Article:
What’s A False Spring?

Spoiler alert: Itsscary.

What’s A False Spring?

Ilana Gordon

Antonio Manaligod/Dose

Spoiler alert: It’s scary.

Spring has sprung — way too early. And it’s springing up earlier and earlier each year. On average, spring in North America now arrives three days earlier than it did in 1980. This year, it kicked off in late February — three weeks ahead of schedule.

As the climate changes, false springs — periods of unusually early warming — are becoming increasingly normal. And while the nice weather is a fun respite, false springs are nothing to celebrate: The implications of these higher temperatures cause ripples throughout the planet’s ecosystems, negatively affecting the life cycles of both plants and animals.

So before you break out your best floral fashions, let’s take a deep dive into what a false spring is and how it affects the Earth.

What is a false spring?

A false spring is a period in late winter or early spring during which the weather is warm enough to deceive vegetation, causing plants and animals to awaken early from dormancy.

The longer a false spring lasts, the higher the likelihood of plants being lulled into a false sense of security, causing them to bud and bloom. This is tricky, because winter warm spells are often followed by periods of freezing temperatures. When this happens, the plants can die. Additionally, plants and animals use the winter months to germinate and prepare for the rest of the year. Truncating the winter season leaves them vulnerable and at higher risk for sickness or death.

Mark Kolbe/Getty Images

Phenology is the study of seasonal events; phenologists work to track plants every year to determine when they will leaf and bud. Lilacs and honeysuckle, two plants that bloom across the United States, are considered early indicators of spring. By tracking the first leaf growths of these two plants, phenologists determined that since the 1980s, plants are leafing earlier.

In fact, since the early 1900s, two-thirds of all plant and animals species studied by scientists have begun blooming, breeding and migrating early. Scientists see this phenomenon across all continents and oceans, and the trend holds true for every species of plant and animal life.

The problem with false springs

The more scientists study false springs, the more apparent it becomes that these warm periods are wreaking havoc on the planet and causing far-reaching issues.

False springs trick animals into leaving hibernation prematurely, only to discover that the plants they need to survive are still frozen. (During false springs, phenologists recommend leaving generous portions of food in backyard bird feeders to help birds stave off starvation.) In the 1980s and 90s, the population of Edith’s checkerspot butterflies became extinct in California’s Sierra Nevada region after a series of false springs caused the butterflies to exit their cocoons early.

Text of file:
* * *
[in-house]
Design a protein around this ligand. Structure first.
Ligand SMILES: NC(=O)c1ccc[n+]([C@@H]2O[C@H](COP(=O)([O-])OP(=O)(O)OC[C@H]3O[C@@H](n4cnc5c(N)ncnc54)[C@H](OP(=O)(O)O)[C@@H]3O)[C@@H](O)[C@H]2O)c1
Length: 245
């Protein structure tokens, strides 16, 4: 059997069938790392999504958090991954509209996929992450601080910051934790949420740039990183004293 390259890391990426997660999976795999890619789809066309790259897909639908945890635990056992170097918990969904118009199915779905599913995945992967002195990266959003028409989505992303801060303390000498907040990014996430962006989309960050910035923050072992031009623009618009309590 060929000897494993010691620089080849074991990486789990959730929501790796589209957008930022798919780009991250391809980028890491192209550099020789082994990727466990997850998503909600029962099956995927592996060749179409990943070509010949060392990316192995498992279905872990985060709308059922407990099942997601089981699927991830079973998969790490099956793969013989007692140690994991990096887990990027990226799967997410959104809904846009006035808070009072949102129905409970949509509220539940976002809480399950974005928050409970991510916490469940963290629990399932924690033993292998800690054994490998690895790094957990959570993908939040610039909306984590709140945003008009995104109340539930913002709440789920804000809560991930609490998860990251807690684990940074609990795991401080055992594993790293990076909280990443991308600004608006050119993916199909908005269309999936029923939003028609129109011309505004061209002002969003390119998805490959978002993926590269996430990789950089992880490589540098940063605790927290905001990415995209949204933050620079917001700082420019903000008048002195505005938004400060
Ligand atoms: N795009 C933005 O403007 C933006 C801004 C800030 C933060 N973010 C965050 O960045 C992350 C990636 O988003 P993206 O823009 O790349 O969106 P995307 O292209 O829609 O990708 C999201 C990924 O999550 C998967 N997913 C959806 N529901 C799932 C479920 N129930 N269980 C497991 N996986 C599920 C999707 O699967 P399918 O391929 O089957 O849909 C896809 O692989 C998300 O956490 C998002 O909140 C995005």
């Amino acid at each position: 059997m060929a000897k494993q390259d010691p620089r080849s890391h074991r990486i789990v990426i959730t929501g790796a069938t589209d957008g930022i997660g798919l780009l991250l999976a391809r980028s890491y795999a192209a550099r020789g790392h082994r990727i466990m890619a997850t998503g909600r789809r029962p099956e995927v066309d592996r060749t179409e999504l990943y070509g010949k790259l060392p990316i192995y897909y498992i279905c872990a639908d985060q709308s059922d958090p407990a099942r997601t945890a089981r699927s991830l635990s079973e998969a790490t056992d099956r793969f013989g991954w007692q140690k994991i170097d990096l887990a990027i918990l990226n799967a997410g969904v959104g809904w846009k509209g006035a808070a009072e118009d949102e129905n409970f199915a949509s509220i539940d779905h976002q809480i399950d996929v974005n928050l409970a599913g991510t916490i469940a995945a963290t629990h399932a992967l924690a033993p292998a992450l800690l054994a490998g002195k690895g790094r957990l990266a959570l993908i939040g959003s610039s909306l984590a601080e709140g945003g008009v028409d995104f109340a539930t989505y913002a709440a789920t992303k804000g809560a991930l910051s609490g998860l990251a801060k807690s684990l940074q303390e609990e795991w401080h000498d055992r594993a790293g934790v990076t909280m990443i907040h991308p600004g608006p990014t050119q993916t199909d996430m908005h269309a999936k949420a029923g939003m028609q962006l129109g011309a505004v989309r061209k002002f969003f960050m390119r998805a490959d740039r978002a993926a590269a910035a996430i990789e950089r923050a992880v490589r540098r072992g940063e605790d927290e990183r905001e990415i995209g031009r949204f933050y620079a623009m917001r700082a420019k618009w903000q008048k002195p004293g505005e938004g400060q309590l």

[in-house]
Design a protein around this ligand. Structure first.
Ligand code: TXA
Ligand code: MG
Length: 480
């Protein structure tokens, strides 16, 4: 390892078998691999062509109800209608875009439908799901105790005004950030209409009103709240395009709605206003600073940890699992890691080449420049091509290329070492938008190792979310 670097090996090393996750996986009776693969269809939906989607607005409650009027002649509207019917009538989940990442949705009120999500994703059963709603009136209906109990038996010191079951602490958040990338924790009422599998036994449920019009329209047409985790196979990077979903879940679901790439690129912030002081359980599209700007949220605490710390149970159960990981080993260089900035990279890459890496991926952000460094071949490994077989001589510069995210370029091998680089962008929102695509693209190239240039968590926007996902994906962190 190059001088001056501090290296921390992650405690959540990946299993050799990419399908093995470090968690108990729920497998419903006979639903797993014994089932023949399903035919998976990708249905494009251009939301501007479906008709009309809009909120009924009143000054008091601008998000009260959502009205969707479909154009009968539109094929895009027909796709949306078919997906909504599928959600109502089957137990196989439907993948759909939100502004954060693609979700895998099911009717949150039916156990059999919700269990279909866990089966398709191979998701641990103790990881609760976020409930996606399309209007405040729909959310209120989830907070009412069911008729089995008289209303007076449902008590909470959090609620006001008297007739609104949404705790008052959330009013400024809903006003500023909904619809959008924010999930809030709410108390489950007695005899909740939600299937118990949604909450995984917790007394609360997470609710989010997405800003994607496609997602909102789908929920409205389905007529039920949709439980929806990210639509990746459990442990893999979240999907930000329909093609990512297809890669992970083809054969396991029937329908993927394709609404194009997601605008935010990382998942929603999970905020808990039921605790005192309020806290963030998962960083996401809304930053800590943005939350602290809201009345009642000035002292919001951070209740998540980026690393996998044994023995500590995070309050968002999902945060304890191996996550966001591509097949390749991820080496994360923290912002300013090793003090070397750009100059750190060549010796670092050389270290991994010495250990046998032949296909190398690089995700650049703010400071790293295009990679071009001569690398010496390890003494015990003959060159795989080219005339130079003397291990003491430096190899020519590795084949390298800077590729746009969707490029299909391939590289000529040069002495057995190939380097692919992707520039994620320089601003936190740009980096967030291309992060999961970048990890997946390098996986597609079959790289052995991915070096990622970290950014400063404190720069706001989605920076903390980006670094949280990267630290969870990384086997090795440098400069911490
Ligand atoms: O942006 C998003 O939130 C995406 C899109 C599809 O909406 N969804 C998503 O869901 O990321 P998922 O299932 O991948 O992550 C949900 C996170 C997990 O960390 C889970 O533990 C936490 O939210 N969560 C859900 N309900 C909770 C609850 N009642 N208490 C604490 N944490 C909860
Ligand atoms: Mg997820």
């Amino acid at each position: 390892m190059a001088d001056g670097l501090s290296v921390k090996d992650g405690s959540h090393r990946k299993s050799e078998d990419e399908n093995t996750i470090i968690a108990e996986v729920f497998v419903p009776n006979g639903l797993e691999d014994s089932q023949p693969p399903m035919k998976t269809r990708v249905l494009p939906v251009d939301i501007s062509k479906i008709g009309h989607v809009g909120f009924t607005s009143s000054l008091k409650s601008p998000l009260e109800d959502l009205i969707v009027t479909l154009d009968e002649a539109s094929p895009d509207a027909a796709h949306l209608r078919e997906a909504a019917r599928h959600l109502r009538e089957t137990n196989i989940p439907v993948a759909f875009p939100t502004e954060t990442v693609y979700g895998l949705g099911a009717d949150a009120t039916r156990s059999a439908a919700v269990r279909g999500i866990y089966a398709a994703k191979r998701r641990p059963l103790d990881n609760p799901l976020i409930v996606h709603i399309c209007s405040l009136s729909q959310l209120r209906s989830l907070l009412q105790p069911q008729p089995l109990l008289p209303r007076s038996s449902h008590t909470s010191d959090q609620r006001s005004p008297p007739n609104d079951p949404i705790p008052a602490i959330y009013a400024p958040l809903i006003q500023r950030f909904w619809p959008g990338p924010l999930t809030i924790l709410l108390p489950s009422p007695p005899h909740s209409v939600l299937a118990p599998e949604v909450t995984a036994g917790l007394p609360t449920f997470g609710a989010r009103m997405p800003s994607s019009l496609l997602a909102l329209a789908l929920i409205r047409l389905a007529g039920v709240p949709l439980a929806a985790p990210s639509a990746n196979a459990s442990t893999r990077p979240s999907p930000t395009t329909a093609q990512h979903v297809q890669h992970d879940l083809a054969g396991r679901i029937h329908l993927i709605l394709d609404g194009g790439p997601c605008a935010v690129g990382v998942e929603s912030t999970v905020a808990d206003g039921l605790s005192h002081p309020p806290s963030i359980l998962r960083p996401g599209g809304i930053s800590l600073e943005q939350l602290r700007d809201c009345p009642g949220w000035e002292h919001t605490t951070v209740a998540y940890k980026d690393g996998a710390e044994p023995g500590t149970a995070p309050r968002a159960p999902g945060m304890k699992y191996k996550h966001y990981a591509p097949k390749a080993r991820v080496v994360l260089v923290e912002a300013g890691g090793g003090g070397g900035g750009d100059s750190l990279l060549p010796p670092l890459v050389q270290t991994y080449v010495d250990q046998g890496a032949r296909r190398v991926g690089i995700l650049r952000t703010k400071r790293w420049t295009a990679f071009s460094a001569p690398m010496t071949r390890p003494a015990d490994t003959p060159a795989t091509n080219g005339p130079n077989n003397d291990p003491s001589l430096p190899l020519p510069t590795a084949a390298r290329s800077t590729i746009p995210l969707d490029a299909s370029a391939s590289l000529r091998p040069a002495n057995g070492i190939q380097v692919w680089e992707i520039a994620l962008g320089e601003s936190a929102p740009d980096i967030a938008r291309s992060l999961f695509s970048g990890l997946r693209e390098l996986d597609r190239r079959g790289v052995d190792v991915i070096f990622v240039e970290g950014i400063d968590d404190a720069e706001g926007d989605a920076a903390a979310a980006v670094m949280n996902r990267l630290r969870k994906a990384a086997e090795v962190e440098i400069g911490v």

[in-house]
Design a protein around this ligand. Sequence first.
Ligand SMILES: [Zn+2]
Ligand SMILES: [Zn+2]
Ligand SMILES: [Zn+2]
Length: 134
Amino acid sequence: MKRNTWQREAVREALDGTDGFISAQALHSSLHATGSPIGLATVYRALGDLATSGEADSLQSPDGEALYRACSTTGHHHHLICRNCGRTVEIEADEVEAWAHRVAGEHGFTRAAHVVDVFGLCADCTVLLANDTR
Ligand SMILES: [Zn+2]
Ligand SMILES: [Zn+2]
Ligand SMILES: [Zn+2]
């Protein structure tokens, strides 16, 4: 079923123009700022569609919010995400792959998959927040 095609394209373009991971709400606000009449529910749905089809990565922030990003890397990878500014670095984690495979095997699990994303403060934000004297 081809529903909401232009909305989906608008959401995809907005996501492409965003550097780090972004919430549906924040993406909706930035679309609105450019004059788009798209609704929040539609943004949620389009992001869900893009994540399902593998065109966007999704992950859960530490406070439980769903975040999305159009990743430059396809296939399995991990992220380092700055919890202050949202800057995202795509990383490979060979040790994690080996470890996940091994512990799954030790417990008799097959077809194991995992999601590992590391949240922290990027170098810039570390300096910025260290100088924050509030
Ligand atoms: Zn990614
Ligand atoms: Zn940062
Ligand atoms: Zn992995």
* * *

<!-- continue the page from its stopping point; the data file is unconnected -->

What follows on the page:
False springs create uncomfortable situations for humans as well: The warmer weather triggers the early arrival of insects like mosquitoes and ticks, leaving people susceptible to ailments like the Zika virus or Lyme disease. The earlier plants bloom, the longer allergy season lasts. In the Rocky Mountains, the warm weather causes the snowpack to melt faster and earlier, cutting into the amount of available drinking water. (Essentially, the warm temps mean the plants absorb more of this runoff water, so there’s less to drink. In addition, dams and reservoirs aren’t equipped to handle runoff that moves down the mountain quickly, so some of that precious H2O is lost.) Less water leaves the land dry, putting the West at higher risk for wildfires.

These spells of warm weather even mess with the economy. In 2007, a false spring ruined agricultural crops and deciduous trees in the Midwest, Southeast and Mid-Atlantic regions. The false spring in 2012 caused Michigan to lose half a billion dollars’ worth of fruit tree crops.

What does this all mean?

Camille Parmesan is a biologist and professor at the University of Texas at Austin. In her research on climate change, she states that we “don’t have any evidence yet of any evolutionary changes of the kind that would suggest species are adapting.”

Animals may not be making evolutionary changes due to false springs, but they are making adjustments: In 2013, Parmesan reported that half of all species are moving closer to the poles, in the hopes of finding cooler temperatures. Farmers are adjusting, too, breeding wheat crops to withstand heat and other climate change variables.

Climate change and false springs are not going away: An analysis conducted by Climate Central indicates that 84% of weather stations had a winter that was warmer than normal this year; 47% had a winter that qualified as one of the 10 warmest on record.

Scientific American states that if carbon pollution is not cut, spring will arrive 13 days earlier by the middle of the century and 21 days earlier by 2100. Winter is no longer coming — at least not the way it once did. And that’s scary for us all.